The famous, charismatic
and now retired basketball player, Charles Barkley, once hit the nail on the head when he contended that being a star athlete did not qualify him to be a child's role model; that was the parent's job, he astutely observed. I am reminded of this remark about appropriate parental roles upon reading new research on "emotional parentification" in adolescence
.* This piece of psychological jargon refers to a child being expected "to meet a parent's emotional need for support or companionship", such as serving as a confidante, dispute mediator when mom and dad have a conflict or family decision maker.
What the investigators found in their research on intact--not divorced--families, was that the more parents practiced parentification, the less teenagers regarded them as warm, supportive and autonomy granting; that is, encouraging of the adolescent's age-appropriate quest to do take on reasonable levels of responsibility in managing their own young lives. In addition, highly parentified children felt more sad, lonely and depressed than did agemates not so treated, while engaging in more aggressive, disobedient and delinquent behavior. It would be a mistake to exaggerate what was found and make it seem like the sky is falling, that horrific damage is being done which will last forever. But there is evidence from other studies that even when parentified youths grow up to become high achieving and socially skilled adults, they tend to feel unsure of themselves and experience frequent feelings of sadness. In sum, placing a child, even a teenager, in the age-inappropriate role of confidante and support provider to a parent is not in the child's best interest, no matter how much it may (seem to) benefit the (selfish?) parent.
But what about the other, perhaps more positive side of the friendship coin, being your child's buddy--or mate, as they say here in Britain where I write from? What I am about to say, I should make clear, is not based on any scientific evidence or even clinical experience, as I am not a clinician (probably more of a patient!). So in the interests of full disclosure, let me be clear that what follows is my opinion as a citizen, parent and professional. I know of no research evidence to substantiate it. Feel free to disagree.
Although I certainly see nothing whatsoever problematic about parents and children enjoying their time together, be it playing games, engaging in sport or participating in thoughtful conversations, I strongly believe that the word "friend" is not and should not be included in the job description of parent, at least not during the tender years, or even the adolescent ones. There should--and hopefully will--be plenty of time for that once children grow up and become responsible for their own lives. In fact, to my way of thinking, parents should be proud to sound like Charles Barkley, either when just thinking about their role in the family or when speaking directly to their children: "I am not your friend; other children, perhaps even other adults, should be and hopefully are. I am your parent."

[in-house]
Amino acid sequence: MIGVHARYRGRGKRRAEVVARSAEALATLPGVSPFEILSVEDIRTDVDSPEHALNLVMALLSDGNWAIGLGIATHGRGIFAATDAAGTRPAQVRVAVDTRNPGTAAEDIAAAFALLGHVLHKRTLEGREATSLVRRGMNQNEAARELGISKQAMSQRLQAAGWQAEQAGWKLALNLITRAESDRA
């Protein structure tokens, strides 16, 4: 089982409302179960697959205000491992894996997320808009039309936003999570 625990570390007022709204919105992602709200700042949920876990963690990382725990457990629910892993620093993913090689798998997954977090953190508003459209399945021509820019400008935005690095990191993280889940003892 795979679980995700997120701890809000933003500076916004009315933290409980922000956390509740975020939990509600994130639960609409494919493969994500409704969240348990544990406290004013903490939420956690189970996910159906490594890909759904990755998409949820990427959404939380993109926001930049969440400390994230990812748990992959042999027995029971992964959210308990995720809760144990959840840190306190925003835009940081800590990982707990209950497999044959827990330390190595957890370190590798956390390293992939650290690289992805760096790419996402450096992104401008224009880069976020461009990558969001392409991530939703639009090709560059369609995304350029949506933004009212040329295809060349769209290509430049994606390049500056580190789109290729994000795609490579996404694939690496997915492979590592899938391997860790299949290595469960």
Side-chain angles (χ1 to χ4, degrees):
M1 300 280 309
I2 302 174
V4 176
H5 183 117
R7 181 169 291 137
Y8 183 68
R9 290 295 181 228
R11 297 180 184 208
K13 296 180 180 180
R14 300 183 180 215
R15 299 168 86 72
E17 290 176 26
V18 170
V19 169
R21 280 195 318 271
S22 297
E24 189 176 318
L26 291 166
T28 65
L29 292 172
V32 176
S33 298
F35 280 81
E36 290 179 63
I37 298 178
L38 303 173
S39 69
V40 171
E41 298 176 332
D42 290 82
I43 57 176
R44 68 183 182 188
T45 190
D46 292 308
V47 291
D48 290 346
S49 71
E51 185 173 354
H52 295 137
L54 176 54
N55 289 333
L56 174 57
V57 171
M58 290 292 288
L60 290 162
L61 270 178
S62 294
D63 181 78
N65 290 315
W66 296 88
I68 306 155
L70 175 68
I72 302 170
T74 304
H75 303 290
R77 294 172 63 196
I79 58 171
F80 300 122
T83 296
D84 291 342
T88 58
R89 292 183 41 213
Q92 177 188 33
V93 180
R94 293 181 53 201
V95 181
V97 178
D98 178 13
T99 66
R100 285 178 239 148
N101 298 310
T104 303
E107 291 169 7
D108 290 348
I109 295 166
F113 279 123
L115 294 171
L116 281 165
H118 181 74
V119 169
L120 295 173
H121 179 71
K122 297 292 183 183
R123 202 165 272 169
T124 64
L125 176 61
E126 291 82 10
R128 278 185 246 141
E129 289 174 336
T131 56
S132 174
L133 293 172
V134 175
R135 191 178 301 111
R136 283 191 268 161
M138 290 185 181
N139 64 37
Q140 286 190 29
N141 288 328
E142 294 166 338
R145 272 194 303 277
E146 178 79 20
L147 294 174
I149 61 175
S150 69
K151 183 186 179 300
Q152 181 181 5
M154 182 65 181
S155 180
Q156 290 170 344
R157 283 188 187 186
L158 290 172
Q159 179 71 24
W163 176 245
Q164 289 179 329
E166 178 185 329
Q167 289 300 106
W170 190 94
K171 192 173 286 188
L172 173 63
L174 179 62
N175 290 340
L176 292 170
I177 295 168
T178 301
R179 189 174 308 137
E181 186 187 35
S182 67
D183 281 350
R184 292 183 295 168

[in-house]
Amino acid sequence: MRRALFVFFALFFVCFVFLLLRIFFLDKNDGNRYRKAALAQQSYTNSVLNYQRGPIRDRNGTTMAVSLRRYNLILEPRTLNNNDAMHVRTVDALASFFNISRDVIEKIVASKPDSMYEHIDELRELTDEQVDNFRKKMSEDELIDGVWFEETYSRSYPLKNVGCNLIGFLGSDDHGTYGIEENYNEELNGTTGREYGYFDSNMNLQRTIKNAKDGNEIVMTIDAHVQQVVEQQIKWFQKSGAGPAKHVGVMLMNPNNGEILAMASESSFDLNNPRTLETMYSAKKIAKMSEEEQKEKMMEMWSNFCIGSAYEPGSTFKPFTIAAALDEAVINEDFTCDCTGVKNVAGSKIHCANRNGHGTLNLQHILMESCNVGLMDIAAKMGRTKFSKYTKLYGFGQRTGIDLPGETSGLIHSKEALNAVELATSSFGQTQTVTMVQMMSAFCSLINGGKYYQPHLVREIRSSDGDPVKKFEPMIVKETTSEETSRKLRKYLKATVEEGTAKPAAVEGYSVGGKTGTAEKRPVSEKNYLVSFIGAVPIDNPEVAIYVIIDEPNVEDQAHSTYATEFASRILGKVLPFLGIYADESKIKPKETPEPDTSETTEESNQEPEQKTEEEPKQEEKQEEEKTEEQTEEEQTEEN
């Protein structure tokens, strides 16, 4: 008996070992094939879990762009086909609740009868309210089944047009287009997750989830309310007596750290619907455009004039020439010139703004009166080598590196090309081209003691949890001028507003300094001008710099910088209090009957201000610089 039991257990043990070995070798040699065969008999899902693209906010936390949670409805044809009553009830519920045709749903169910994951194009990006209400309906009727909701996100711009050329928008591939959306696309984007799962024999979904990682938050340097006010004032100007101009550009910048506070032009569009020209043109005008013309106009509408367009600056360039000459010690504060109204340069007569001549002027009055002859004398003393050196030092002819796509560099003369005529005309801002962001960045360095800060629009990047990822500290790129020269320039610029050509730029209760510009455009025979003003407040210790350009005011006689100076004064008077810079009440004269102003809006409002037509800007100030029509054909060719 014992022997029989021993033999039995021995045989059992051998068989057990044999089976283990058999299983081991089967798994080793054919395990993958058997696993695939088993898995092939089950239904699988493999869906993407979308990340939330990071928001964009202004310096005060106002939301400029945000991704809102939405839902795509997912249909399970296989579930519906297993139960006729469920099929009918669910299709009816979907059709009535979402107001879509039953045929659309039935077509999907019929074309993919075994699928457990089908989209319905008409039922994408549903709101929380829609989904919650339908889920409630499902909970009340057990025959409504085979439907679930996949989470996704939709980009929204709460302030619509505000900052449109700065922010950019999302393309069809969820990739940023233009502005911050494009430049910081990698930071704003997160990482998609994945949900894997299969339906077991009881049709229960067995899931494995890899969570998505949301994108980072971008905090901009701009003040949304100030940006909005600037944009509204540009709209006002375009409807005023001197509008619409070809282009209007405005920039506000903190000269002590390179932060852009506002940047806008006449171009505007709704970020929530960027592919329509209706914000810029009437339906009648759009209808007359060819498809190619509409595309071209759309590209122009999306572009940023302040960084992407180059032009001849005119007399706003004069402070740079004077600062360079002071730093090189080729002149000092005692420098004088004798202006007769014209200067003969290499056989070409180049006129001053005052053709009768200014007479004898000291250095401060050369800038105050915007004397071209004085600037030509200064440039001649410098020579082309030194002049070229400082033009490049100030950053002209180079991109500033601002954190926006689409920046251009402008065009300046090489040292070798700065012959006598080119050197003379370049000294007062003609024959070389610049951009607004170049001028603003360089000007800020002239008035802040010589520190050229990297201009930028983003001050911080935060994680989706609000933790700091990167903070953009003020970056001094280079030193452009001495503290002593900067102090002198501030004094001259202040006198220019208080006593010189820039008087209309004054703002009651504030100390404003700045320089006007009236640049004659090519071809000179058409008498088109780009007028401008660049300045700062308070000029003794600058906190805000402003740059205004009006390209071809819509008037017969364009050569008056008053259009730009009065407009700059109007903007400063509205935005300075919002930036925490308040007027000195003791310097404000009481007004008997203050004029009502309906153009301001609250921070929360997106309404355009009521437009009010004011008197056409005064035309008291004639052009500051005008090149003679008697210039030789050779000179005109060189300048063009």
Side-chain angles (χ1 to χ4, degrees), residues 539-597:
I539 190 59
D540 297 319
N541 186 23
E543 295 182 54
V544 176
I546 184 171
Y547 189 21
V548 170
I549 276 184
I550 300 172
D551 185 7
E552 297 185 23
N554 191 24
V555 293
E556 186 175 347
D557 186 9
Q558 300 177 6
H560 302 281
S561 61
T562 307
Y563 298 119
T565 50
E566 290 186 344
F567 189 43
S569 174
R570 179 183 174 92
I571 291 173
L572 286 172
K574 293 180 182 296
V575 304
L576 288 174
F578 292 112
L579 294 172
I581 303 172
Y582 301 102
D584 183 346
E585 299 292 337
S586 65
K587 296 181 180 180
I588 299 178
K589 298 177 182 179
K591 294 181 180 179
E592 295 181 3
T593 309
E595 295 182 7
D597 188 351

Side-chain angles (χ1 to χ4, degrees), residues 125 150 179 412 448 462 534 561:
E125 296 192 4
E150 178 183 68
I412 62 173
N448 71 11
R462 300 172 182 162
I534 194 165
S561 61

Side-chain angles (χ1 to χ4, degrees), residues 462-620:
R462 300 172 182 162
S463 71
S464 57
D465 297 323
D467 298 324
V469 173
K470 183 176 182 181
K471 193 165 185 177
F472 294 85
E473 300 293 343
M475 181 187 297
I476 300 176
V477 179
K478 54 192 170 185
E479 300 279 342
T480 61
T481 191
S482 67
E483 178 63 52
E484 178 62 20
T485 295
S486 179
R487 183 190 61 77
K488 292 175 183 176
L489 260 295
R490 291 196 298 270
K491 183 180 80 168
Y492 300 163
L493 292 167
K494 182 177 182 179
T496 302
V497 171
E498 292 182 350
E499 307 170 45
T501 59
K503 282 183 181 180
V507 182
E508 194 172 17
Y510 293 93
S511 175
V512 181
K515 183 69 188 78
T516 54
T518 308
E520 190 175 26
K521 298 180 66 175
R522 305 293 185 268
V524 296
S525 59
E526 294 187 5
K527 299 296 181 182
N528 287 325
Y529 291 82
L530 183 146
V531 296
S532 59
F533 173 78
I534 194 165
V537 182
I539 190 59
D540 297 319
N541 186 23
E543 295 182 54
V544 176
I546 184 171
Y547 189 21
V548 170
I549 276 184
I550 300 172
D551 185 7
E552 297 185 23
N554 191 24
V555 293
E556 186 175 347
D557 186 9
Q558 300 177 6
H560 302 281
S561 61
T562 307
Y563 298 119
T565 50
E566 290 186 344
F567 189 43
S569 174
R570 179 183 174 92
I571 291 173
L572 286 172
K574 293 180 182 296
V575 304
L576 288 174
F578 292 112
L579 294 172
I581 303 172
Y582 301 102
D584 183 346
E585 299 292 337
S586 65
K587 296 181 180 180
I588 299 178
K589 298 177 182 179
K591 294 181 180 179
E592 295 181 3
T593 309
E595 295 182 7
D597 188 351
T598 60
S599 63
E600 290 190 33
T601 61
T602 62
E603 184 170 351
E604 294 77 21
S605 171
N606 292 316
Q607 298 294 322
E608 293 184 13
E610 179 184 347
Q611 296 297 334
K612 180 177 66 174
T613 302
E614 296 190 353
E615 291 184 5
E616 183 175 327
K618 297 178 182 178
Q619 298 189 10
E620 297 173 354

The role of parent comes with certain responsibilities and obligations and being a friend can make exercising these more difficult than can be anyway. It can also make life more challenging for the child. What risks being compromised most notably when parents see themselves their child's friend is the placement of reasonable, age-appropriate demands on children--in a consistent and persistent manner-and the holding them accountable when they fail to live up to them. A parent who desires to be a friend to their child is going to have a much harder time holding a child accountable, while simultaneously and inadvertently making it more difficult for the child to behave in a cooperative, responsible and respectful manner. Most of us, after all, have been on the receiving end of someone saying, or acting as if they were saying, "then I am not going to be your friend anymore" when we have refused a demand or failed to fulfil a request that we did not find appropriate or sensible.
In thinking back over my time parenting my two, now 20-something sons, I now realize why I never engaged in the common practice of exchanging "high fives" with them when something good happened that pleased us. To my perhaps old-fashioned way of thinking, this was implicitly the kind of behavior that friends or mates engaged in, not two people for whom power dynamics were of fundamental importance, with one of the parties, me the parent, being more powerful than and responsible for the other. This was the kind of thing, I felt, friends, buddies and teammates did--like Barack and Michelle Obama knocking their knuckles together.
*Despite the following scholarly article appearing in print, it has not yet been posted on the web:
Peris, T.S., Goeke-Morey, M.C., Cummings, E.M., Emery, R.E. (2008). Marital conflict and support seeking by parentings in adolescence: Empirical support for the parentification construct. Journal of Family Psychology, 22, 633-642.